A Latina Nurse Named Helen Cordova Was the First Person to Get a COVID-19 Vaccine in California
Photo by Jae C. Hong-Pool/Getty Images
On Monday, the first person in California was administered the COVID-19 vaccine and her name was Helen Cordova. Cordova is an intensive care nurse at the Kaiser Permanente Los Angeles Medical Center. She is also a brave woman who deserves to be celebrated for her courage.
The doctors, nurses and elected officials (including California Governor Gavin Newson) applauded after Cordova received the vaccine.
“I’m very excited that we have the vaccine, because it provides hope for the future,” Cordova said afterward, according to The Los Angeles Times.
But after she got the vaccine, Cordova went back to work–business as usual. Four other healthcare workers received the vaccine after her, including a respiratory therapy technician named Raul Aguilar.
It is significant that the first Californian to receive the vaccine was Latina, as Latinos have been disproportionately impacted by the coronavirus.
Latinos make up 39% of California’s population and 40% of frontline workers in California. 58% of the California COVID-19 cases and 48% of COVID-19 related deaths have been from Latinos. The L.A. County Department of Public Health reports that California Latinos are more than twice as likely as white Californians to contract the virus.
To make matters worse, Latinos are more likely to be suspicious of the coronavirus vaccine. “In communities of color in particular, there is a real history of abuse by the medical system that creates a potentially higher level of skepticism,” said Dr. Robert Wachter chair of the Department of Medicine at UC San Francisco to the LA Times.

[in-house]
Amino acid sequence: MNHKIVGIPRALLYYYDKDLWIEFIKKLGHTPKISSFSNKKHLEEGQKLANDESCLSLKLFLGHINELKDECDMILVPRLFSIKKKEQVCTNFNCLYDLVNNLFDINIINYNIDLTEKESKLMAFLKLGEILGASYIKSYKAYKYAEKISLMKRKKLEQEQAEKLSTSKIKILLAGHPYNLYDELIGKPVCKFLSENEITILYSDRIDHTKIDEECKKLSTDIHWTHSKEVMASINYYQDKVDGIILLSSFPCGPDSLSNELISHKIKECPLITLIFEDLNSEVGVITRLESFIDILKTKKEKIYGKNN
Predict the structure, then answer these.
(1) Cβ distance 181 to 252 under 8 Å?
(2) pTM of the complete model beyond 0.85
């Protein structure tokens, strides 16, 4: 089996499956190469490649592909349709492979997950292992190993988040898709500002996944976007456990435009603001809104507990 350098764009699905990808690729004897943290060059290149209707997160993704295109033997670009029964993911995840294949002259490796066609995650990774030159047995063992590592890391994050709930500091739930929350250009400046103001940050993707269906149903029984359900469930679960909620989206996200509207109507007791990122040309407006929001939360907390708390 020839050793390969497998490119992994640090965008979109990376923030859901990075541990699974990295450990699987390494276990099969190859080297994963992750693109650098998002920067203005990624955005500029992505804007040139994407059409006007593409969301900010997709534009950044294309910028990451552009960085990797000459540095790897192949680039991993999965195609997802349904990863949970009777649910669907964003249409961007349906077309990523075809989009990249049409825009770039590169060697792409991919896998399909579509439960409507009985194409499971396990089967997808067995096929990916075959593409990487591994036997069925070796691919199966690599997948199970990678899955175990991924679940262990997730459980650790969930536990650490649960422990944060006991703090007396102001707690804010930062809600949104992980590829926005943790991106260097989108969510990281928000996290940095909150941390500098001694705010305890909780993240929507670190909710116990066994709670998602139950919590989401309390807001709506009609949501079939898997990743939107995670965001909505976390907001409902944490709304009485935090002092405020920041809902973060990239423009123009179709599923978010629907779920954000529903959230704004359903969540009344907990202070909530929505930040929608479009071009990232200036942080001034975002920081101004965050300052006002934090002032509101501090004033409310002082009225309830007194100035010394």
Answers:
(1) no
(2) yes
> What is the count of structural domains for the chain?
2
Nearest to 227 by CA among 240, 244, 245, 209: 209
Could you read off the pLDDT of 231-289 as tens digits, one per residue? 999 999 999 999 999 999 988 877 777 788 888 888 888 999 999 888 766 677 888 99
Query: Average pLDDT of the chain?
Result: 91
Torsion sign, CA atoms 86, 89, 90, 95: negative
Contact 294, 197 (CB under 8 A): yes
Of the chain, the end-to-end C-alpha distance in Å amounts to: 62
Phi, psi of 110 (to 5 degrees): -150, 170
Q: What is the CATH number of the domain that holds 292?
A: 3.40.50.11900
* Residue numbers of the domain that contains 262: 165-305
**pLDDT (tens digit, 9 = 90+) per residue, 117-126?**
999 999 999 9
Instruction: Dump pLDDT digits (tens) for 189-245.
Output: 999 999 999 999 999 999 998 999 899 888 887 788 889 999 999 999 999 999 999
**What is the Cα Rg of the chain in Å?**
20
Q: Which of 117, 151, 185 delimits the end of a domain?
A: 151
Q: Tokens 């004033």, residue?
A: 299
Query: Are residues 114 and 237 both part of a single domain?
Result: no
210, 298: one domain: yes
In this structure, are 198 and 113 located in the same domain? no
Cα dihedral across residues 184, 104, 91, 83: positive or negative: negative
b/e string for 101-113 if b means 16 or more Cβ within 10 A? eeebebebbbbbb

Hopefully, patients like Helen Cordova will inspire confidence in the Latino community that the vaccine is, indeed, both safe and effective.
Shortly after Cordova received the vaccine, Governor Newsome tweeted out: “History made.”
But earlier in the day at Kaiser Permanente, Governor Newsome was slightly more somber, as California (like every other state) is facing its most grim stretch of the pandemic so far. In the last week, the Golden State averaged 32,858 new COVID-19 cases a day.
“We are in the midst of the worst moment of this pandemic,” he said. “So today is hopeful, and it’s reason to be optimistic, but let’s be mindful of where we really are.”
Three other California cities received shipments of the COVID-19 vaccine on Monday, including San Diego, San Francisco and Eureka. According to reports, the vaccine will become available to the general public in the spring.